Early Signs Point to Damontre Moore Being a Draft-Day Steal

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Early Signs Point to Damontre Moore Being a Draft-Day Steal
Jason Bridge-USA TODAY Sports
Damontre Moore was the best player on the field for the New York Giants in their first preseason game.

The New York Giants were admittedly surprised that Damontre Moore was available when their pick came up in the third round of this year’s draft. Over two weeks and one preseason game into training camp, Moore’s free fall out of the first two rounds does not appear to be fool’s gold for Big Blue.

Instead, it looks like the Giants may have landed a talent usually found in the first 10 selections of the draft with the 81st overall pick .

The main reason Moore fell, based on expert mock drafts, was his performance at the NFL combine. ESPN’s Mel Kiper Jr. (Insider subscription required) and our in-house draft expert, Matt Miller, both had Moore going as one of the first three overall picks in their last mocks before the combine. NFL.com’s Daniel Jeremiah had the man known as “DaMonster” at Texas A&M being drafted 13th in his pre-combine mock.

Moore went on to disappoint in Indianapolis, posting a 4.95 time in the 40-yard dash and benchpressing 225 pounds only 12 times. After the combine, both Kiper and Jeremiah had Moore falling out of the first round, while Miller kept him in, barely, at 30th, going to the Atlanta Falcons.

After the NFL draft, other excuses started to come out for his plummet to the third round.

Immaturity was one, mainly based around a 2011 arrest for marijuana possession; poor practice habits were another. While these issues may have helped cement his decline, the combine performance is the reason his fall started in the first place. Everyone knew about the pot charge and his practice habits when Moore was considered a sure-fire first-round pick in January and February.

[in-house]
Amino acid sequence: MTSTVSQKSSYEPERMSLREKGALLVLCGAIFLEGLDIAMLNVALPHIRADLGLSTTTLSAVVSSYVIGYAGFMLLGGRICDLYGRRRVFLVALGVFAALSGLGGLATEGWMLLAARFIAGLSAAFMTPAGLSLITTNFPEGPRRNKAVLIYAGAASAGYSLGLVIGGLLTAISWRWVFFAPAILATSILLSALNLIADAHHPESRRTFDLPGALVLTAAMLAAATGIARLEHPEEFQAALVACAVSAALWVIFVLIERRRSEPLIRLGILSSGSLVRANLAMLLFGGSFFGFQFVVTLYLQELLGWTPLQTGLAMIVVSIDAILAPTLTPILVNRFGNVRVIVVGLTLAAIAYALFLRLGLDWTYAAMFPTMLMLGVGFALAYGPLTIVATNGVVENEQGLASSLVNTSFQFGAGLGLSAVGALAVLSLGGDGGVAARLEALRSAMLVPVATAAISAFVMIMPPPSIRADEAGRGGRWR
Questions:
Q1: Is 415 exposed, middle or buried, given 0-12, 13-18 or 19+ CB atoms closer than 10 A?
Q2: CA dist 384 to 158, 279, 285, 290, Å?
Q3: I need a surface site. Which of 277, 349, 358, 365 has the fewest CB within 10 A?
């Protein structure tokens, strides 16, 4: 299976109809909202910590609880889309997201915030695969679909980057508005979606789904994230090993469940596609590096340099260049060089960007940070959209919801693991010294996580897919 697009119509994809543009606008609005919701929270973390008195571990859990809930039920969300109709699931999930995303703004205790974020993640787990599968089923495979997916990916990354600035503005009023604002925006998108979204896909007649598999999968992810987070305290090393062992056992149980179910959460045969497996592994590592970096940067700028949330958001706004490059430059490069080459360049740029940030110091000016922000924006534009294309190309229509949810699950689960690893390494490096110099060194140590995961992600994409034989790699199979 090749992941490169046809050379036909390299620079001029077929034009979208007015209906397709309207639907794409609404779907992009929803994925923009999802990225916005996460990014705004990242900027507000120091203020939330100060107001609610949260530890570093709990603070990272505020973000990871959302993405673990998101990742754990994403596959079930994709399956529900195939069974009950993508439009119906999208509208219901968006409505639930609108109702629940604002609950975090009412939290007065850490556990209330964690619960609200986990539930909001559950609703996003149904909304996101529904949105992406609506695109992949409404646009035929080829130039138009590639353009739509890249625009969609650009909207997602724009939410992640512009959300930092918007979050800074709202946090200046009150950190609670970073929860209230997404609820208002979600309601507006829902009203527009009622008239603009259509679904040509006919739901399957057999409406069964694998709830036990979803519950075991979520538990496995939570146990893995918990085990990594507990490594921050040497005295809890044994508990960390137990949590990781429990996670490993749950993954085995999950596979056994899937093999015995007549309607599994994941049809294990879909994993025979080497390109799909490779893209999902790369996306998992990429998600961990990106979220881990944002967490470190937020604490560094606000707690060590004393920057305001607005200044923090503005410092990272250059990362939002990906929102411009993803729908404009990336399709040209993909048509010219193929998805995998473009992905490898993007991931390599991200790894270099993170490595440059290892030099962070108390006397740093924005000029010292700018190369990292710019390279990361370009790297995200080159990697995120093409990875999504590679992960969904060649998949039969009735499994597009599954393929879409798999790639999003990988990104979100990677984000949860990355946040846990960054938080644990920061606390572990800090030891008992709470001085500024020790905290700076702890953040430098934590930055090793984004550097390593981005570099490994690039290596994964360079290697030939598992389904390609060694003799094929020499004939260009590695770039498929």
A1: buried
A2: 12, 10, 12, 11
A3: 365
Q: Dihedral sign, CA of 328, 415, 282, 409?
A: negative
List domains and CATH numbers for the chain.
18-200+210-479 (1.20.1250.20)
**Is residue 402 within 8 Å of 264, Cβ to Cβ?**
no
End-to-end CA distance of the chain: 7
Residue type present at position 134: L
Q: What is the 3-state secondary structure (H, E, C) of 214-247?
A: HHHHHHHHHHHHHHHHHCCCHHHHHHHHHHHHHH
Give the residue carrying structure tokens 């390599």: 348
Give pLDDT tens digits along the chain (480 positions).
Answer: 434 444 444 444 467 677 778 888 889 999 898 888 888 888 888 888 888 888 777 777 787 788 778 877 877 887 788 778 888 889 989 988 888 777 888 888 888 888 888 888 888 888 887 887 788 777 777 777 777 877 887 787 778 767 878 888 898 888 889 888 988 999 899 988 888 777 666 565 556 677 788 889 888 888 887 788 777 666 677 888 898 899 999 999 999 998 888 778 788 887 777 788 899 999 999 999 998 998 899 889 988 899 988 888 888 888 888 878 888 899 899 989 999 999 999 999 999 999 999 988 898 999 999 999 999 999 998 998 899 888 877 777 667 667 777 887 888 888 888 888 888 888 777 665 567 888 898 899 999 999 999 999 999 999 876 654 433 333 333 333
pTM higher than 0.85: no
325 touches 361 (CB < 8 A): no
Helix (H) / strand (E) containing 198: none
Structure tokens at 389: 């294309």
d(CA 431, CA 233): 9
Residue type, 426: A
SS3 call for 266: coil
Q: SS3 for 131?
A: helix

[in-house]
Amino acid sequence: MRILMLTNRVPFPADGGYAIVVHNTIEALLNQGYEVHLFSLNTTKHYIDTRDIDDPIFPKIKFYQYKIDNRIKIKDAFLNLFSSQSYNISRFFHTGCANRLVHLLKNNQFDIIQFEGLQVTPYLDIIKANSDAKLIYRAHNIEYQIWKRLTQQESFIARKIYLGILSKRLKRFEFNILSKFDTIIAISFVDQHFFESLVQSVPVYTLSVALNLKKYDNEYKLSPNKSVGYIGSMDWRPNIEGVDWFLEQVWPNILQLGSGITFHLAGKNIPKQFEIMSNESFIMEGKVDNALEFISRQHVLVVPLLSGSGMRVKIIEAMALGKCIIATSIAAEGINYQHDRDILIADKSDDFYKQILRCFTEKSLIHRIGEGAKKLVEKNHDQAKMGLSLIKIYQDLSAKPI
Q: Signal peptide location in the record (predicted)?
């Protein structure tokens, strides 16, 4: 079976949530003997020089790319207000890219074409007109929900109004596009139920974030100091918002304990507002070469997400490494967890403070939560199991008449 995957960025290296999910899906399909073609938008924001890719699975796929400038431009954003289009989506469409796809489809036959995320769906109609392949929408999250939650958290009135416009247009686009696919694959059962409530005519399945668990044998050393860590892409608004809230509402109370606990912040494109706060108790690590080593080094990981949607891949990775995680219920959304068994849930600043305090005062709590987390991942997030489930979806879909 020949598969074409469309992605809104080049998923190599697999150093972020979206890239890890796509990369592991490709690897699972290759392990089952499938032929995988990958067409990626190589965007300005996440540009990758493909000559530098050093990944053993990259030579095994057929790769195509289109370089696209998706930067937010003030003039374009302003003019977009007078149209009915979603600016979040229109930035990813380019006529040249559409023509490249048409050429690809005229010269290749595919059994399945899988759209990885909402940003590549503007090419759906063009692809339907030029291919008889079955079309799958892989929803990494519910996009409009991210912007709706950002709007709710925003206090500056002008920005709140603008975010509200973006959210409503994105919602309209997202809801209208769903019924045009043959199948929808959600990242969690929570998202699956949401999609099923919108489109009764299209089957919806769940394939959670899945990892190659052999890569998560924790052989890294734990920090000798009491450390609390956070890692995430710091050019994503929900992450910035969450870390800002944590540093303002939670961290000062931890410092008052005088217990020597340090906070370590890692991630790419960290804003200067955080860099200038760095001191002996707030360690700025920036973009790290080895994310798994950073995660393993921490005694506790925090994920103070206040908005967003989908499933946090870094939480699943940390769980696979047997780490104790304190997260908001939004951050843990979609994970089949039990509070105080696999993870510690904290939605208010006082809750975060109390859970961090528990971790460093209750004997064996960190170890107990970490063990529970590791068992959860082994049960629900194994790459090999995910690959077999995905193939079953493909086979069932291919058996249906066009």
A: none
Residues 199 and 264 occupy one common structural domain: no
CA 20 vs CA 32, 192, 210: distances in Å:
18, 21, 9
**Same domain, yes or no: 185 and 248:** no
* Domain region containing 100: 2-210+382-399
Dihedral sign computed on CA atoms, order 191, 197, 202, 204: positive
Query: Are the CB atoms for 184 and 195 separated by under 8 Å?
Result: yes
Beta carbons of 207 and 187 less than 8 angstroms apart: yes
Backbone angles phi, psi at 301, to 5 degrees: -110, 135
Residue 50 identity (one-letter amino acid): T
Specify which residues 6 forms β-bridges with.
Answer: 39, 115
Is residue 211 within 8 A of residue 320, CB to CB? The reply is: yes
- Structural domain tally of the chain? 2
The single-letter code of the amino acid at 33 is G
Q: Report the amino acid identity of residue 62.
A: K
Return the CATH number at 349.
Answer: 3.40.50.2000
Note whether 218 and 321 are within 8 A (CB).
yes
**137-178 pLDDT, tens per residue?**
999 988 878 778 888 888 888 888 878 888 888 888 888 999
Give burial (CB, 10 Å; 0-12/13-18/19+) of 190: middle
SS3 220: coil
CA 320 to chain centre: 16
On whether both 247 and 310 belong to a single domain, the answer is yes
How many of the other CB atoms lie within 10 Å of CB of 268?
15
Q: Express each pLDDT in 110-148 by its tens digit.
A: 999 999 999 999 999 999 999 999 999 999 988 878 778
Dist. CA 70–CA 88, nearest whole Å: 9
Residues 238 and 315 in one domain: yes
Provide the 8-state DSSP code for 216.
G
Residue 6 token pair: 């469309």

In his short time with New York, the 20-year-old is dispelling all of his alleged weaknesses.

His practice habits have been exemplary in training camp, as explained by Giants defensive line coach Robert Nunn to the New York Daily News’ Ralph Vacchiano:

So far, we haven’t found (his) limit yet…He’s handled everything we’ve given him, both in OTAs and starting off training camp…He’s got some rookie in him, there’s no doubt but it’s the good kind of rookie. He’s someone you have to tell to slow down, you never have to tell him to speed up.

 

As far as his athleticism, which was clearly put into question by his combine performance, it certainly wasn’t an issue last Saturday night in Pittsburgh in the Giants first preseason game.

Moore’s defensive stat line of four tackles seems ho-hum, but it definitely doesn’t tell the full story of his work in his first NFL game action. Pro Football Focus’ Gordon McGuinness gives a great recap of how dominant Moore was against the Steelers:

There wasn’t a player in the game who jumped out more than Giants third-round draft pick Damontre Moore (+6.0)His blocked punt with 11:27 left in the first quarter was the opening highlight but he added some impressive work as a pass rusher. Beating a selection of Steelers blockers to record a hit and four hurries, he did so in a variety of different ways with pressure coming on rushes inside, outside, and once on a stunt.